The Stanley Cup takeover: worth it?


Photo of two Stanley Cups taken by Maddie Saiter

Maddie Saiter, Staff Writer, Social Media Manager

Priced at a whopping $45 with a wide array of color choices, the “Adventure Quencher” has taken over the water bottle market. Starting as a wishlist item for holidays, the Stanley Cup became popular during Christmas and has continued to take off since then. We’ve seen this before with Hydroflasks and Yetis as well.


Claiming that it can keep water iced or hot for up to two days, this water bottle is great for a hot day at the pool, or a cold Friday night football game. The Stanley can be used all throughout the year, but some reviews show that it might not look the same after a year. 


One review posted in the review section of the website  says, “My handle came COMPLETELY Detached from just holding the handle and unscrewing the top lid!!” 


Another complaint from the Stanley  website says, “The shiny finish is awful. Scratches even with gentle care, normal use and hand washing.” There were many other reviews mentioning chipping paint from leisure use. Customers don’t seem to be happy paying for a $45 waterbottle that is chipping. Part of the aesthetic of owning a Stanley Cup seems to be the matte, minimalistic finish. When stainless steel starts to show through the soft finish, it loses the appeal.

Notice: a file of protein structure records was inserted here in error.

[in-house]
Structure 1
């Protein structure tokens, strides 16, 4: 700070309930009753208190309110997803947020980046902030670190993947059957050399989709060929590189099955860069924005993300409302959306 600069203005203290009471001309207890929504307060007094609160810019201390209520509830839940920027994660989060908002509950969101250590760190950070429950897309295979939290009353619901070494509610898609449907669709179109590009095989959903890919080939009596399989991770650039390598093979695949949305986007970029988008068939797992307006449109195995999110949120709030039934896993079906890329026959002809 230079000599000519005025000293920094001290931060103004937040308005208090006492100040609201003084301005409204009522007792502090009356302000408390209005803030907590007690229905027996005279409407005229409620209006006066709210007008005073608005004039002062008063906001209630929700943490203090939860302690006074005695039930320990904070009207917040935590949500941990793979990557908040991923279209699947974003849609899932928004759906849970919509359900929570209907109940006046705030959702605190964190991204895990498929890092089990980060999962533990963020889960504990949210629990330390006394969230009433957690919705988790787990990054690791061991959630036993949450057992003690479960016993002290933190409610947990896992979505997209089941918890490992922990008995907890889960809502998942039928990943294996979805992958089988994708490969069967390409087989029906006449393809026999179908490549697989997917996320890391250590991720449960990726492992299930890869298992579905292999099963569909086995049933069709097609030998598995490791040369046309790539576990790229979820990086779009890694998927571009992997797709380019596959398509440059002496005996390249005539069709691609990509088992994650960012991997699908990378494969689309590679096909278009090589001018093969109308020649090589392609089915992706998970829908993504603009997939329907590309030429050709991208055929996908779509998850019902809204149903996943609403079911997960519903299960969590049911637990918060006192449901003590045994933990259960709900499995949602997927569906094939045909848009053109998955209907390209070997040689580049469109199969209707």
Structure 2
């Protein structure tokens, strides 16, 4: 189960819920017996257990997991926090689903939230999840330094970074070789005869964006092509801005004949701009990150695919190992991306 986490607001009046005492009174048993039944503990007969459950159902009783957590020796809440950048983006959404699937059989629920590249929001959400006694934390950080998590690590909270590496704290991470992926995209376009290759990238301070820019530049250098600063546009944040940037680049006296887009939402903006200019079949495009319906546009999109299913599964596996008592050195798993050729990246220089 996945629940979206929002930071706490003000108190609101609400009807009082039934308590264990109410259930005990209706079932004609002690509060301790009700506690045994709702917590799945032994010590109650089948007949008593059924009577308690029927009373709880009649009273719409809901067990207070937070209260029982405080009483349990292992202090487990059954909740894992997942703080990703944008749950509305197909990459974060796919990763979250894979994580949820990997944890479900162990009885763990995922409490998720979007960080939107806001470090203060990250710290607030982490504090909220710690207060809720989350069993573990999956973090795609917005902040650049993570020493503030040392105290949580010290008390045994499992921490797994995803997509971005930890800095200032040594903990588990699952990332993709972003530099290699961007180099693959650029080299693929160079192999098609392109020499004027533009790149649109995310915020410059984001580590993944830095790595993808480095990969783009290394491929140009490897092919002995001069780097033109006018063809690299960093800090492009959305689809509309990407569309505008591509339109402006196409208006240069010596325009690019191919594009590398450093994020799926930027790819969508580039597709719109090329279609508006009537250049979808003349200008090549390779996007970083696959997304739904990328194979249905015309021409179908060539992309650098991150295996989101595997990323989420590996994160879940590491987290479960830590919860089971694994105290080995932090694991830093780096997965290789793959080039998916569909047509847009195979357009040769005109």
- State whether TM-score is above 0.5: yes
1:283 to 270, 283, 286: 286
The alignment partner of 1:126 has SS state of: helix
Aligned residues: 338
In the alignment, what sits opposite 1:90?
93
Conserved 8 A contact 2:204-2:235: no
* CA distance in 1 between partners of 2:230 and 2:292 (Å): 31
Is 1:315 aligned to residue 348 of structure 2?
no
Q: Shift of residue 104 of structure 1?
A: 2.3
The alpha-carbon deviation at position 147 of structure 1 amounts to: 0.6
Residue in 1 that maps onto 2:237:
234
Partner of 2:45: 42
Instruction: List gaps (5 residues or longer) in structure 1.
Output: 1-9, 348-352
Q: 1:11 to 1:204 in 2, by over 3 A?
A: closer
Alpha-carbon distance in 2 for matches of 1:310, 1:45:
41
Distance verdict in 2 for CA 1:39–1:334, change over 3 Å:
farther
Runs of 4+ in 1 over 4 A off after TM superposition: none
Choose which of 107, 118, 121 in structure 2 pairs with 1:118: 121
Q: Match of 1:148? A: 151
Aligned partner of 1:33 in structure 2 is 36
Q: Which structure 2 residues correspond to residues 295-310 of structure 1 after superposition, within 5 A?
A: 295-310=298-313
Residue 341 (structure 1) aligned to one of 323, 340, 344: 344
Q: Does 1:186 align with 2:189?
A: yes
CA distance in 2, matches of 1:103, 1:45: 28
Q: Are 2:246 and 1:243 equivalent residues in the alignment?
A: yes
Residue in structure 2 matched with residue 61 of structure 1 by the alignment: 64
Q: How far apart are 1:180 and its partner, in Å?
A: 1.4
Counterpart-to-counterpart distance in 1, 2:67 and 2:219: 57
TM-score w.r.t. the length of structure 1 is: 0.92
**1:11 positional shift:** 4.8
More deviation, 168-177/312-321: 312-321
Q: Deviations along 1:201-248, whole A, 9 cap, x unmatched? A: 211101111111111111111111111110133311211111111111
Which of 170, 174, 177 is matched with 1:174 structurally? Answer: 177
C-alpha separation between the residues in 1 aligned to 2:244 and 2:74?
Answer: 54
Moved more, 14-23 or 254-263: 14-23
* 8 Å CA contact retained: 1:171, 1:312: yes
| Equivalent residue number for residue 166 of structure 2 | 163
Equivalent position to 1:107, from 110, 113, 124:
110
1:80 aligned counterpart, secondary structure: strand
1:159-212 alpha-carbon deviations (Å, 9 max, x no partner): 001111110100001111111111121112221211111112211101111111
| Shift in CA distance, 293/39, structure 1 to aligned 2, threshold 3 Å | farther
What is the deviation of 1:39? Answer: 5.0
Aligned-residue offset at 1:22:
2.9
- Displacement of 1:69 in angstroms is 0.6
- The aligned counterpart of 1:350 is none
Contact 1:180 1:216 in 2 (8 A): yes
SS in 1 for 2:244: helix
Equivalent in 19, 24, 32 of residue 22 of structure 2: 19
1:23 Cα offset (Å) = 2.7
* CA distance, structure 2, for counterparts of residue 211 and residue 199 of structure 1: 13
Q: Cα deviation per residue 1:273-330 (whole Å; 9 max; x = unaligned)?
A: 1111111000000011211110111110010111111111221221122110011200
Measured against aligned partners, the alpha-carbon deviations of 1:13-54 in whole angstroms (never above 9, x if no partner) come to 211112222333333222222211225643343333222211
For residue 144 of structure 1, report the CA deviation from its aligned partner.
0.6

The Stanley company has not made a statement on these issues, and even tends to ignore them. 


A common issue among customers is reaching out to Stanley’s customer service team. One purchaser whose cup didn’t arrive writes, “through multiple contacts with customer service there has been no attempt to make it right or apologize.” For such a large company, you’d expect a large customer service team, but it’s actually the opposite. What I think is Stanley is producing too many cups at a time for them to be high quality, which is why so many of their customers are disappointed. 


Not all Stanley products are this faulty, though. The Stanley website also carries products like coolers, pots and pans, and lunch boxes, which most customers are satisfied with. 


Since I don’t personally own a Stanley cup, I cannot testify to the reviews that were mentioned previously. My issue with the company is the fact that paying customers are not receiving service for faulty products. For the price of $45 and the hassle of dealing with out of stock cups, you might want to stick to your Hydroflask.